"He was in L.A. for some reason. He said, 'Oh, I'm doing this thing for this movie.' That's what he said and it was Good Will Hunting... He downplayed it.
But anyway, so I just wanted to do something with him. I didn't wanna do something-- you know, a rock collaboration would always end up just somebody doing a backing vocal and you'd be like, 'Yeah, well, if you listen really closely, you can hear J Mascis.' Whereas in hip-hop music-- first of all, I have to say, we don't claim that we were running in hip-hop circles; it was just my obsession-- someone would come in and do a verse. They would have their own part of the song.
So I was trying to figure out how to do this and what we ended up doing was he just came down to the studio and sat in front of a binaural head.
A binaural head-- I don't know if they look different now, but in the late 90s they were grey foam sculptures of a human head with a bone structure and a brow and a nose on it for facial features, with two specialized microphones in each earhole, and when you would listen back to it, it would just be an incredibly realistic stereo effect. Really like if you record a street scene and if you close your eyes and have headphones on, you would seem submerged in the street scene. So we sat down in front of this ludicrous device and he sang two songs, which became other songs later—one was 'The record that plays over and over/ There's a kid in the story below' lines from Bottle Up and Explode! The other one ended up as Going Nowhere. I didn't have anything good to add to them, but I have these a cappella versions."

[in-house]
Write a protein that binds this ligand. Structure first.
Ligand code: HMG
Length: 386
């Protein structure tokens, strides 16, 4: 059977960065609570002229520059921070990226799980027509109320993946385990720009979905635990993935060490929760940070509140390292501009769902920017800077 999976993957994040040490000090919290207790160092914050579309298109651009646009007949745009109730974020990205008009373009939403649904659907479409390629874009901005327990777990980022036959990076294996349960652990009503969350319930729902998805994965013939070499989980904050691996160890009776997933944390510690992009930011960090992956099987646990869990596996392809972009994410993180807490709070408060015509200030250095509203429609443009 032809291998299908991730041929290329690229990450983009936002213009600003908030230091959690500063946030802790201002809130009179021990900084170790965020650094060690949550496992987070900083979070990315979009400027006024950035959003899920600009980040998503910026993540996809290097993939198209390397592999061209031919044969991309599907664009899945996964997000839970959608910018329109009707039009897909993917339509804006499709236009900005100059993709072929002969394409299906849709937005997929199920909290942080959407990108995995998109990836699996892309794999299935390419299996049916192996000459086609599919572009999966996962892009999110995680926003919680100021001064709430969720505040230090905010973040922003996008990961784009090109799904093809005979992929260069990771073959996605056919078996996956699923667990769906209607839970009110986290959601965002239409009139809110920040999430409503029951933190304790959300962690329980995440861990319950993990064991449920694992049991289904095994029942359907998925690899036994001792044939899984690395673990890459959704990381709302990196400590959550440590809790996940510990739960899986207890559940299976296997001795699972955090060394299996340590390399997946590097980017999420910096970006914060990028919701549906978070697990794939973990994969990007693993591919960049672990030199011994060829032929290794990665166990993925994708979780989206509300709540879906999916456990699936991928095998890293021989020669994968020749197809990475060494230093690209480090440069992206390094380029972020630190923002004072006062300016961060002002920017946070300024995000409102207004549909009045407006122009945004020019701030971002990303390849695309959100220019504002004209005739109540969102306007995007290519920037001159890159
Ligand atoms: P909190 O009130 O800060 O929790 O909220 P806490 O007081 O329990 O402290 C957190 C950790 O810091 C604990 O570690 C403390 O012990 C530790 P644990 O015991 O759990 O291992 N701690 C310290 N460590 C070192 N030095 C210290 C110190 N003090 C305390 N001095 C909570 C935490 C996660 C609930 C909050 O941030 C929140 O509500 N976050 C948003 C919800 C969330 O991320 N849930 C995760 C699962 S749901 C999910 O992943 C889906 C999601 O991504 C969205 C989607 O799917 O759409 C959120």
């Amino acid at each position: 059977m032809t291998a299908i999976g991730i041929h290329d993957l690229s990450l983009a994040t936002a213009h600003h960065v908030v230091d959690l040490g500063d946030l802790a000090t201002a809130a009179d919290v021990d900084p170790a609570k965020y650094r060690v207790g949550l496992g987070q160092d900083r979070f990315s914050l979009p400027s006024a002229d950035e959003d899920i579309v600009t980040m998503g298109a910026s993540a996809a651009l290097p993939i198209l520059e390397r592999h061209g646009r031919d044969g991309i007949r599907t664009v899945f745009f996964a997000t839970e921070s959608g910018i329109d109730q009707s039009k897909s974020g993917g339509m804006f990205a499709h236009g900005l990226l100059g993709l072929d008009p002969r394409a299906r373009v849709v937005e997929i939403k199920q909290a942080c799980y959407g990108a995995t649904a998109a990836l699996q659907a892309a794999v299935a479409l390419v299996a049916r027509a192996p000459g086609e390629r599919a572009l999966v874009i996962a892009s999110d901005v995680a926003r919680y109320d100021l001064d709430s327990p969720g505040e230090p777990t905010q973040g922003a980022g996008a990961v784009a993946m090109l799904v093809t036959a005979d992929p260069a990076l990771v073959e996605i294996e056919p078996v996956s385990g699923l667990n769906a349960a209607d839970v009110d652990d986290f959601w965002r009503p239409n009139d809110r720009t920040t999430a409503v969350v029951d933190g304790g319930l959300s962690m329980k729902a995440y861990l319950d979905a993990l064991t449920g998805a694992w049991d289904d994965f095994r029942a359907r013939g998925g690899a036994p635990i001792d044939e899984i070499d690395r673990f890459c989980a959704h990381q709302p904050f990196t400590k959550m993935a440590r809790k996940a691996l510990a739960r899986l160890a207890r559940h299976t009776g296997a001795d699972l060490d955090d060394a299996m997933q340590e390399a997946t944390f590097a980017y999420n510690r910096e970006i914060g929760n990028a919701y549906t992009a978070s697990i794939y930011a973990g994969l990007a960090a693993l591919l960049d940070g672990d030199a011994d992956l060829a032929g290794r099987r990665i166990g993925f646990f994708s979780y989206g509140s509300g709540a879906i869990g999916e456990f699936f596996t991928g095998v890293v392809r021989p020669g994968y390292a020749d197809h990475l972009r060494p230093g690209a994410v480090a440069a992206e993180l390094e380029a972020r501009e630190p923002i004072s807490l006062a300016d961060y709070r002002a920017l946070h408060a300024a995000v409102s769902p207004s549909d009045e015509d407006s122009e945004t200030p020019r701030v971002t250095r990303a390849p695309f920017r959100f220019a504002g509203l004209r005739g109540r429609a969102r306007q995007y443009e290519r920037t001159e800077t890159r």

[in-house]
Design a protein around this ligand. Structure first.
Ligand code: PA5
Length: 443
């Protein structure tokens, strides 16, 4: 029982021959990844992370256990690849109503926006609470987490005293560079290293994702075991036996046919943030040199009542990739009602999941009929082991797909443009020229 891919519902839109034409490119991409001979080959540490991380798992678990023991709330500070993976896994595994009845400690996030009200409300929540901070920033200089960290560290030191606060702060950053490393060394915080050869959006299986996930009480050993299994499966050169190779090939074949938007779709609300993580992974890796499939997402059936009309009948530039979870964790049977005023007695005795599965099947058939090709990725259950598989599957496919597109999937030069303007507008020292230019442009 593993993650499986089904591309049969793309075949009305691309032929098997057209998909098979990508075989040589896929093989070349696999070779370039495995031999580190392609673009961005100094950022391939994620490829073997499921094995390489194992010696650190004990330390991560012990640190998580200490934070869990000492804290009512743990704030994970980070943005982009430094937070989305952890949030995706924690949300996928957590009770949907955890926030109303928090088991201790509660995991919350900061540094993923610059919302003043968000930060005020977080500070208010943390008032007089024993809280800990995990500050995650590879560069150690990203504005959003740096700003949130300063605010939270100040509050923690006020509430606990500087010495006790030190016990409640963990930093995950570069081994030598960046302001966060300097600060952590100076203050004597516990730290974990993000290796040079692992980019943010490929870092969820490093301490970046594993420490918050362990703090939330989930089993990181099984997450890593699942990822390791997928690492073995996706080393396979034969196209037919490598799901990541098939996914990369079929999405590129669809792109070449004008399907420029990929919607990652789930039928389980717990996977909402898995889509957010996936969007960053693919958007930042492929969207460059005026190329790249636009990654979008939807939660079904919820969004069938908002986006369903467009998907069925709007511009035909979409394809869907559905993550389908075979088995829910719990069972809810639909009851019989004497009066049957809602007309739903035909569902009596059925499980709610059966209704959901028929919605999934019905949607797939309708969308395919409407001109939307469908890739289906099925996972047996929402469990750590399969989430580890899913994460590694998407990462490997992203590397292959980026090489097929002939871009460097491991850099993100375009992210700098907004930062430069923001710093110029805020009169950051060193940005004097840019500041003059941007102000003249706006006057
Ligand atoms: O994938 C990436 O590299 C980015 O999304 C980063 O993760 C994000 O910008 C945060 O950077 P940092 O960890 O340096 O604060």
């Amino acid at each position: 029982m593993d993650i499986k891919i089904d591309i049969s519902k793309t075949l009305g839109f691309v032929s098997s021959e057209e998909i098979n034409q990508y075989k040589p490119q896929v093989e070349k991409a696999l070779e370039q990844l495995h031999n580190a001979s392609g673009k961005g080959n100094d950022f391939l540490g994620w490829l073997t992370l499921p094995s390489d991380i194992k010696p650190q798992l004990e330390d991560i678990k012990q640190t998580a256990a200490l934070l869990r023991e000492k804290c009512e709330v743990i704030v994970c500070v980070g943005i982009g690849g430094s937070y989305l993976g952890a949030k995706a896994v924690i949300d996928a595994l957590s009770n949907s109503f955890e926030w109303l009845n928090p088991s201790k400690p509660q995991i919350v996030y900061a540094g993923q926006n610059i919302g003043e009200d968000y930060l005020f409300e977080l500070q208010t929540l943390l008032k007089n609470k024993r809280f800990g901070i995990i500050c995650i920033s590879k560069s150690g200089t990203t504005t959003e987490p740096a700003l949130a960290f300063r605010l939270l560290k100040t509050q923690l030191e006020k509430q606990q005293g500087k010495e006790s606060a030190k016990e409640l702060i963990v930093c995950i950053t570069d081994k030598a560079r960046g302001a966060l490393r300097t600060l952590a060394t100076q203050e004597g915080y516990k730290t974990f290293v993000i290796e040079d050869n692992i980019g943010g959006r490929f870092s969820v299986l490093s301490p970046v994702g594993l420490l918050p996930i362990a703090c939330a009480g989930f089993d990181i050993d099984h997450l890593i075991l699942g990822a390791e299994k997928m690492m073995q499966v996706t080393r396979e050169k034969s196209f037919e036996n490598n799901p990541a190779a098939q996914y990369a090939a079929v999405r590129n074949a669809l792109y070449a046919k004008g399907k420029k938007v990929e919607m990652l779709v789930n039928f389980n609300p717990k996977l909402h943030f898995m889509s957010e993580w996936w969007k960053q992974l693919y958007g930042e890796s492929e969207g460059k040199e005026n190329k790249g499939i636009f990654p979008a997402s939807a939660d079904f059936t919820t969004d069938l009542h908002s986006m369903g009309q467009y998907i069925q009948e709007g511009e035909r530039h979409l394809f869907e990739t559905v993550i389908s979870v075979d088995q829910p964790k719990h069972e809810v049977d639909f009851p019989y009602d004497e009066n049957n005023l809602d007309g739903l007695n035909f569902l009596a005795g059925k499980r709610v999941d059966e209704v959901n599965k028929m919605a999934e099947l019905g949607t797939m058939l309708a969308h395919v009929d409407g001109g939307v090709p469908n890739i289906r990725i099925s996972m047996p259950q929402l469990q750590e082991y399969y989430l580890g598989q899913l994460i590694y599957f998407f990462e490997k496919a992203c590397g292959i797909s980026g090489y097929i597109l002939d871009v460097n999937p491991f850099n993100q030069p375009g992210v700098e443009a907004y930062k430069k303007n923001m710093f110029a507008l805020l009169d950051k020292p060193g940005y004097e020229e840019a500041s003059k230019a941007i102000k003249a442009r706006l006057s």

- MIKE DOUGHTY [frontman, Soul Coughing], on recording Elliot Smith on a binaural head in the 90s.